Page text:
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Cloth ISBN: 9780804755900
Paper ISBN: 9780804755917
This work addresses the development of congressional practices and institutions and ties the changes to key political and economic events. In connecting political and economic events with changes in Congress, the authors examine the political economy of the history of Congress. They draw upon history to offer insights about contemporary issues such as party polarization, filibuster reform, direct election of politicians, intercameral bargaining, and the role of committees in the political process. Through this approach the authors help us to understand how politics and economics interact to affect Congress.
About the authors
David W. Brady is Bowen H. and Janice Arthur McCoy Professor of Political Science and Leadership Values at Stanford University. His books include Revolving Gridlock (1998), Critical Elections in the U.S. House of Representatives (Stanford, 1988), and Party, Process, and Political Change in Congress (Stanford, 2002). Mathew D. McCubbins is Professor of Political Science at the University of California, San Diego. His books include The Logic of Delegation, Legislative Leviathan, and Party, Process, and Political Change in Congress (Stanford, 2002).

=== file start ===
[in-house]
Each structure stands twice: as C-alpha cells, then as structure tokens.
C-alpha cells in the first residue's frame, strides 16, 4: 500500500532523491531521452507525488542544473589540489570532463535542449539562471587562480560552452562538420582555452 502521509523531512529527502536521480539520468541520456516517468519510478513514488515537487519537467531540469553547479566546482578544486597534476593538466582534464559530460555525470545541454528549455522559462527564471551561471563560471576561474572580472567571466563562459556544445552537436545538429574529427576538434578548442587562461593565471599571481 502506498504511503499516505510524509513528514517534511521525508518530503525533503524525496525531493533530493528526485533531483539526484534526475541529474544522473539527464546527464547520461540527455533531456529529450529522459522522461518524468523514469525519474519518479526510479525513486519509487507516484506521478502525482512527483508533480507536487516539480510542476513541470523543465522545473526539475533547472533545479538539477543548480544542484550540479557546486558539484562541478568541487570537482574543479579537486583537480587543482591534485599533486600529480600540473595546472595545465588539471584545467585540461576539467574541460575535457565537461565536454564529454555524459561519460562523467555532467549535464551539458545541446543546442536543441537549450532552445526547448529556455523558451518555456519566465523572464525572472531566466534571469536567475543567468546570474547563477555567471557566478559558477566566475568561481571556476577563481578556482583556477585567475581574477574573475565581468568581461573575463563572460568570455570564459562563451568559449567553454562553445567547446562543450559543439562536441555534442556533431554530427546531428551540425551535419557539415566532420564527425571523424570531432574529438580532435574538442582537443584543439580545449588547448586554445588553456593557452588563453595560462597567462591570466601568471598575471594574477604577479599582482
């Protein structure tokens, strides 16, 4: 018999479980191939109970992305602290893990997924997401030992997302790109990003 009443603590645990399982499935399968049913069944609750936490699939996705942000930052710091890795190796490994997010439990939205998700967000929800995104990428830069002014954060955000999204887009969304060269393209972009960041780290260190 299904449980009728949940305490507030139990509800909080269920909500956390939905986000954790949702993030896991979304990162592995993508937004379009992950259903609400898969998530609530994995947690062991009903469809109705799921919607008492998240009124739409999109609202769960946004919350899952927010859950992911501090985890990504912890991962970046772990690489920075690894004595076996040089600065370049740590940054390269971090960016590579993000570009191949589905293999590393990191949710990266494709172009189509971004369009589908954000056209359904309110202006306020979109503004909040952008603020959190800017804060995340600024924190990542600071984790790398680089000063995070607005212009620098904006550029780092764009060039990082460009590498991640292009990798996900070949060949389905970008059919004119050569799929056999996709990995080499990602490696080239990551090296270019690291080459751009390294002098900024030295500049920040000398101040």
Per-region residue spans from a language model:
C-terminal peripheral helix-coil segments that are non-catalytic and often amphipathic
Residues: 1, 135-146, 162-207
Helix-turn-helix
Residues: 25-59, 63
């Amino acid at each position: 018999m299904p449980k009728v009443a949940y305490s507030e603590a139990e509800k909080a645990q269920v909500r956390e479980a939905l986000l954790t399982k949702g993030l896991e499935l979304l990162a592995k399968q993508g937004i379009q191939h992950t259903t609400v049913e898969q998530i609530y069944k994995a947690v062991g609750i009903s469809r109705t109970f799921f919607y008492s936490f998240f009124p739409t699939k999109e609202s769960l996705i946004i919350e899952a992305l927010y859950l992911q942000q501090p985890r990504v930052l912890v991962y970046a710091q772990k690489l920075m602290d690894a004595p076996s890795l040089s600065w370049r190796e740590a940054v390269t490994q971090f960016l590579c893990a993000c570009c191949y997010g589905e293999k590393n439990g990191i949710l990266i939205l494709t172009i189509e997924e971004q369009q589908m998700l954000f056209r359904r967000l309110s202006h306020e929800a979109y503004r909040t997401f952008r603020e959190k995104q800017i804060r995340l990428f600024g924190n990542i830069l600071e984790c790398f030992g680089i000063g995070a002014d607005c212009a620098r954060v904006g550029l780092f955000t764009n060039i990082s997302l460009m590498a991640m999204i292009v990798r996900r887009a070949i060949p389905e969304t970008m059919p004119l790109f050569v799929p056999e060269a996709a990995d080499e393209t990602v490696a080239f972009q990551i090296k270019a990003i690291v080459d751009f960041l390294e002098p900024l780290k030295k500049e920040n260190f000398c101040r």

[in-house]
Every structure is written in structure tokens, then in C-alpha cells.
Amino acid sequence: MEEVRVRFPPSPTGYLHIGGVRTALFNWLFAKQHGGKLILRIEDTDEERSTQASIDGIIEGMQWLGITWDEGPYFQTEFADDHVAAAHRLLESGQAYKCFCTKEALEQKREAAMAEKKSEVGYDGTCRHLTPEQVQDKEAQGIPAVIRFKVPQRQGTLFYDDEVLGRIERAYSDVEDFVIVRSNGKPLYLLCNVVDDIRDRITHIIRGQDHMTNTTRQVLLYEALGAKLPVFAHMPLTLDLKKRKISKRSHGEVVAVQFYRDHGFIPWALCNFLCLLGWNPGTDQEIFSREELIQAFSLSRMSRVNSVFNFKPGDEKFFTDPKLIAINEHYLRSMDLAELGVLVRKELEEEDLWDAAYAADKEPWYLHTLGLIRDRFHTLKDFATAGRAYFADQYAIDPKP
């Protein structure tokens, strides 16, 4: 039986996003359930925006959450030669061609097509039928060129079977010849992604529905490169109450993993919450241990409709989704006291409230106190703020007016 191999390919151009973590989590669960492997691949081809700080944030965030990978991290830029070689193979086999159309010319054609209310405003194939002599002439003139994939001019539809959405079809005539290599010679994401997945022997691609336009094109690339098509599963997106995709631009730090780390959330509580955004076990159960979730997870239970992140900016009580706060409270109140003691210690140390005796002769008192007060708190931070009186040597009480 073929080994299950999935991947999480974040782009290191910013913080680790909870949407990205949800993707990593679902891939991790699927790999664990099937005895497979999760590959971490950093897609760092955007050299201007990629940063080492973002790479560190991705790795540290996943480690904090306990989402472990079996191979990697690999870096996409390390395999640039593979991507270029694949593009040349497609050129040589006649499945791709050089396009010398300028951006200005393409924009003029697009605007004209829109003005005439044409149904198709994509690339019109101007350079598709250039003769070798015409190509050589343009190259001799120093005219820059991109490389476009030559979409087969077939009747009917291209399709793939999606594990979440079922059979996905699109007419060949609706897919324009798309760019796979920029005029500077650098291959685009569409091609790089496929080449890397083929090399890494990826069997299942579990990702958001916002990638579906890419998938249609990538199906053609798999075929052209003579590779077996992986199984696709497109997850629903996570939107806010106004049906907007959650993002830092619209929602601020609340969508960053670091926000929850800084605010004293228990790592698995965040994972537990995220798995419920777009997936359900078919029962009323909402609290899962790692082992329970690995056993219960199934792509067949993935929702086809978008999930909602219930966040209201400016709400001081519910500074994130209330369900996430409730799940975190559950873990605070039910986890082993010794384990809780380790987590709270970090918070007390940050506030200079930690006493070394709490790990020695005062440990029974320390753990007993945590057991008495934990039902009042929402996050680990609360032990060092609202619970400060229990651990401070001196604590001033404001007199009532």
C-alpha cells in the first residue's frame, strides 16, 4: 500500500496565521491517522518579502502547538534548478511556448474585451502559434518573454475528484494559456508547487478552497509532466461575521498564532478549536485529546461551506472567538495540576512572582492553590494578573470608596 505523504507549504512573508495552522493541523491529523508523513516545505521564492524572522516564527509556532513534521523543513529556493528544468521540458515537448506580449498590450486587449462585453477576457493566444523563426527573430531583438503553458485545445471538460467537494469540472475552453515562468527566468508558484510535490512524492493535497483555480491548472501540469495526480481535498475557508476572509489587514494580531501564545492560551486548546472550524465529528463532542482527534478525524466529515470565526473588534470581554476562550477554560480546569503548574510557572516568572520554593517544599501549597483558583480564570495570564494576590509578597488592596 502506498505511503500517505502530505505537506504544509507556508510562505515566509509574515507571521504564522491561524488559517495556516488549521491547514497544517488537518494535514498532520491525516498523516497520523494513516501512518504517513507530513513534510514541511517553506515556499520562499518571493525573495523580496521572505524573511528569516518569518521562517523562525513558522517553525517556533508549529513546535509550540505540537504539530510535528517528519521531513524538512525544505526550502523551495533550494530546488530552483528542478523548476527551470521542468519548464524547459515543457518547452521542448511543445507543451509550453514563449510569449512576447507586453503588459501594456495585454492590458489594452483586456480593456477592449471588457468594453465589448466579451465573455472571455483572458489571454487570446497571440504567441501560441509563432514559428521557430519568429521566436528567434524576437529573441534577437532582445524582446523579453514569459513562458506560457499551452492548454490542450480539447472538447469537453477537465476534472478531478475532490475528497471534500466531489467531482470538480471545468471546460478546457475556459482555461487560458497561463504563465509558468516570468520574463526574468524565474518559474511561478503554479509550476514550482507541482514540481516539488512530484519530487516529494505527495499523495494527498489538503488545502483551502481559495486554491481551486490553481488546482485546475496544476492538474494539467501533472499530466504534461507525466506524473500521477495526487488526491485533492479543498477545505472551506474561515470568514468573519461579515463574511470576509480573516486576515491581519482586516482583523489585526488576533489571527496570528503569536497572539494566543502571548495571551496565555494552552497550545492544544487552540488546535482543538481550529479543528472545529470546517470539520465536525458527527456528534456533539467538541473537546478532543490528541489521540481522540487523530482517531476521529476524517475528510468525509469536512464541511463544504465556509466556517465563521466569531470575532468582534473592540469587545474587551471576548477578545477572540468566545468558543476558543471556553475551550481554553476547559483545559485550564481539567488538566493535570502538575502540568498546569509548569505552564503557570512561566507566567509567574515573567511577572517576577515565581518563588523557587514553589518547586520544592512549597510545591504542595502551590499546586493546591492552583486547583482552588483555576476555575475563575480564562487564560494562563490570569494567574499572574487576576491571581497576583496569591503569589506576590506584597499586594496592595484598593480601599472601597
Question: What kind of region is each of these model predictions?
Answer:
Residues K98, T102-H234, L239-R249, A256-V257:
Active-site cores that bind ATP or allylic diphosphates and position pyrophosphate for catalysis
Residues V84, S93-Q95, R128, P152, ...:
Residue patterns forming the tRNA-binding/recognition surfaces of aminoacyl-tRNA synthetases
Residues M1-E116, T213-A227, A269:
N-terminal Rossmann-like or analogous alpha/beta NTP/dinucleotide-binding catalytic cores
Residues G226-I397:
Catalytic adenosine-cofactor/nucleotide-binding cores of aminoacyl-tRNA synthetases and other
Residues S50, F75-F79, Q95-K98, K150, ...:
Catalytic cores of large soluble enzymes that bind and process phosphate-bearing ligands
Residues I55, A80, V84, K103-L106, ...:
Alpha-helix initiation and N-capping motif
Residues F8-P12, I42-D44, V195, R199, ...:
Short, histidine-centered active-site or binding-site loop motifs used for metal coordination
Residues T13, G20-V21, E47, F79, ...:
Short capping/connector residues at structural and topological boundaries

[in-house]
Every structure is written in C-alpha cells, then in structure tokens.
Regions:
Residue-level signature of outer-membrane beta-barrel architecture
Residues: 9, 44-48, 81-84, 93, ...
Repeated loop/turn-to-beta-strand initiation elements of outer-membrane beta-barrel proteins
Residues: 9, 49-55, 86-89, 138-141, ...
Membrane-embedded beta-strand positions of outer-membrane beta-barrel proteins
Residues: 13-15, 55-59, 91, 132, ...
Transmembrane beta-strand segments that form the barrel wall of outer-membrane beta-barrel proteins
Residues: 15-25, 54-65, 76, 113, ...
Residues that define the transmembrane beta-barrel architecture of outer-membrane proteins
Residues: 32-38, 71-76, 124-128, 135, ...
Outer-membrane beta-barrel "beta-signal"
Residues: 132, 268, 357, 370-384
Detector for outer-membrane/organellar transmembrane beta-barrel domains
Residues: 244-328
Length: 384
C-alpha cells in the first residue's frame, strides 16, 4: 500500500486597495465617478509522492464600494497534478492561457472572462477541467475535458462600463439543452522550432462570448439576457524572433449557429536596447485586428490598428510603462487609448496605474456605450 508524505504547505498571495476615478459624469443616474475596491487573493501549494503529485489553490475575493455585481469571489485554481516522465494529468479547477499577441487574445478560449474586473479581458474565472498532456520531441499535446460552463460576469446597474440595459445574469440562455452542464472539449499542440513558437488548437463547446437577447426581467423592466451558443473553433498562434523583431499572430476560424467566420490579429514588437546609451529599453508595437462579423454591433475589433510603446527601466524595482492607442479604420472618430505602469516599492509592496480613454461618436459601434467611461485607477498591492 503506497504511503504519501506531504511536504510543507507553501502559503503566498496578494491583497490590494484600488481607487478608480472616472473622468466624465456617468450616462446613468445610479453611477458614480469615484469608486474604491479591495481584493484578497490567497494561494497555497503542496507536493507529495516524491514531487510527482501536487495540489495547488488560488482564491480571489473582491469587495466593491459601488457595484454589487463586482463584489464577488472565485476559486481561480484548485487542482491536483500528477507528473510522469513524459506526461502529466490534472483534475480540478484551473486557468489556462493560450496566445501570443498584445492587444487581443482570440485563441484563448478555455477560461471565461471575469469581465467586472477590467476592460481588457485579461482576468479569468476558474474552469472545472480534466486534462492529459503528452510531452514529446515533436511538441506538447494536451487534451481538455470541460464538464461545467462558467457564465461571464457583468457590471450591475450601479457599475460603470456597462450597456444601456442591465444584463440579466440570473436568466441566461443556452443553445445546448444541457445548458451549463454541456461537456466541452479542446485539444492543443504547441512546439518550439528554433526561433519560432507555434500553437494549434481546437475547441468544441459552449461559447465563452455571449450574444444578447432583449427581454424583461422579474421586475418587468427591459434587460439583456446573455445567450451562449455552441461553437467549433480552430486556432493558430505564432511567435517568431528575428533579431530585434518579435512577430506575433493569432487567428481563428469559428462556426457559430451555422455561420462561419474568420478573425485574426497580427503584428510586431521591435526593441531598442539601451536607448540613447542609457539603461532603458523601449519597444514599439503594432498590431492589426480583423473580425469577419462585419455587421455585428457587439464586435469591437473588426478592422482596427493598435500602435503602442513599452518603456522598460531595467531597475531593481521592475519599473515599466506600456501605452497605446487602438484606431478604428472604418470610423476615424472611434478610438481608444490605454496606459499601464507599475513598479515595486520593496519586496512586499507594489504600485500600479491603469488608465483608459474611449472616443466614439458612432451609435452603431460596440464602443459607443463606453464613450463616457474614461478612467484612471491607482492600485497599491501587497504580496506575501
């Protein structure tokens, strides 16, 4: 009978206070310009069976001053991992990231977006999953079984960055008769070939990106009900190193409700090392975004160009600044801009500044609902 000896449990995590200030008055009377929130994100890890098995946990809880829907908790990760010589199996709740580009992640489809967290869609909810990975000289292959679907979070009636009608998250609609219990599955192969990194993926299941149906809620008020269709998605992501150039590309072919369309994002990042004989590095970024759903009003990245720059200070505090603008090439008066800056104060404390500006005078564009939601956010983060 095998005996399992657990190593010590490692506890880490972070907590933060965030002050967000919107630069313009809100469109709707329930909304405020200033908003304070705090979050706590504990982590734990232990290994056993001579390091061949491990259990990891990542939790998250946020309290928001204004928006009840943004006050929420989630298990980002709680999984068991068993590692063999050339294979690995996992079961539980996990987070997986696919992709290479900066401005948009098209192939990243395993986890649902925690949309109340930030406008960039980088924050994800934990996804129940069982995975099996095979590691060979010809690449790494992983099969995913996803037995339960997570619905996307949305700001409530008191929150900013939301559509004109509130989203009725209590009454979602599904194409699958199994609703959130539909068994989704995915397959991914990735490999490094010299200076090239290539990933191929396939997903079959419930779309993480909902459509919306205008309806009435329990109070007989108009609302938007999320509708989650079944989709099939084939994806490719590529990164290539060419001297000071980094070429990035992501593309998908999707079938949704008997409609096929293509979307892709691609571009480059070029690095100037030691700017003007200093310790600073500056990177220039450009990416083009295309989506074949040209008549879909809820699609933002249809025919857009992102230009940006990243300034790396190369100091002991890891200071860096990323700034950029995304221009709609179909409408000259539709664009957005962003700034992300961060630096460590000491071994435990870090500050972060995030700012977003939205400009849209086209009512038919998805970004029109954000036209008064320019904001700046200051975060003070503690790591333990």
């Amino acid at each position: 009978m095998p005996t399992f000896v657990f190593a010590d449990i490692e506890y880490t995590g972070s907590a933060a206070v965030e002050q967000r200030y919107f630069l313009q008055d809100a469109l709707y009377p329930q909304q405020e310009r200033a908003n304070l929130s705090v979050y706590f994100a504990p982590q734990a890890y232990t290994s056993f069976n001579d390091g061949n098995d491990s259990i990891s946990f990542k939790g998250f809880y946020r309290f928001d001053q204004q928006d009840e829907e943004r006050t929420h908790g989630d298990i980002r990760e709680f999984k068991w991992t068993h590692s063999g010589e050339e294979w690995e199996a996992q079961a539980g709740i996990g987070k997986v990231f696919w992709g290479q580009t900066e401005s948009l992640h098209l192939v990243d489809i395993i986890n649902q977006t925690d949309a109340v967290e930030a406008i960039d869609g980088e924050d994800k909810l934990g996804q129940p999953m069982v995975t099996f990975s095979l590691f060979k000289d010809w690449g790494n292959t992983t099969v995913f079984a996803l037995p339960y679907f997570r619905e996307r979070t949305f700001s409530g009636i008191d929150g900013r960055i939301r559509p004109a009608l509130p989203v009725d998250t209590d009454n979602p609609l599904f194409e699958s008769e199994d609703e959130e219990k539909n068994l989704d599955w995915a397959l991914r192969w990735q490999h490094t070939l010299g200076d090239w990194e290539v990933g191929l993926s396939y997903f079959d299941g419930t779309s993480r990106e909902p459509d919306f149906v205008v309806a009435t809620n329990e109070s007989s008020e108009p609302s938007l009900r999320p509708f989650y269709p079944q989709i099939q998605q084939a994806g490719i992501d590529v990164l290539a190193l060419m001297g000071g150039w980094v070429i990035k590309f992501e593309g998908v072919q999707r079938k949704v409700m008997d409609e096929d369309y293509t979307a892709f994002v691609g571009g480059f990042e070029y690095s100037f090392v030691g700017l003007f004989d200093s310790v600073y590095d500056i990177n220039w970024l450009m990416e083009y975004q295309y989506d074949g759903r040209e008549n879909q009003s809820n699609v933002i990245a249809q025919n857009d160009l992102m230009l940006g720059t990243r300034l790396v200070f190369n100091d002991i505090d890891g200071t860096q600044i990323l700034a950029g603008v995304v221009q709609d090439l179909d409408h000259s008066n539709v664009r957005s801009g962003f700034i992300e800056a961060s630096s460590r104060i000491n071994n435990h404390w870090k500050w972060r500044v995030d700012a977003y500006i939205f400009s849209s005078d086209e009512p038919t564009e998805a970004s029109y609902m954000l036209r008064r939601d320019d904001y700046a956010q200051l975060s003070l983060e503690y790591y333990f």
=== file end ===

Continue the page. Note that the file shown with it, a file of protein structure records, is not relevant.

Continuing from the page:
"Theoretically and historically sophisticated, data rich, and often methodologically advanced. Congressional scholars will find this volume to be of inestimable value."
"Once again, Brady and McCubbins have done a masterful job of producing a volume that is distinguished by the quality of the authors and the quality of the chapters. Each and every chapter brings theory and practice to bear to explain how and why important aspects of congressional structure, process, and policy making have changed over time. As in the first volume, the results fill gaping holes in our understanding of Congress and its role in representative government."
—Joseph Cooper, Johns Hopkins University
"This book should be of considerable interest to scholars of Congress and American political development. Among its contributors are some of the very best in the field, along with younger scholars who are rapidly making names for themselves."
—Keith Dougherty, University of Georgia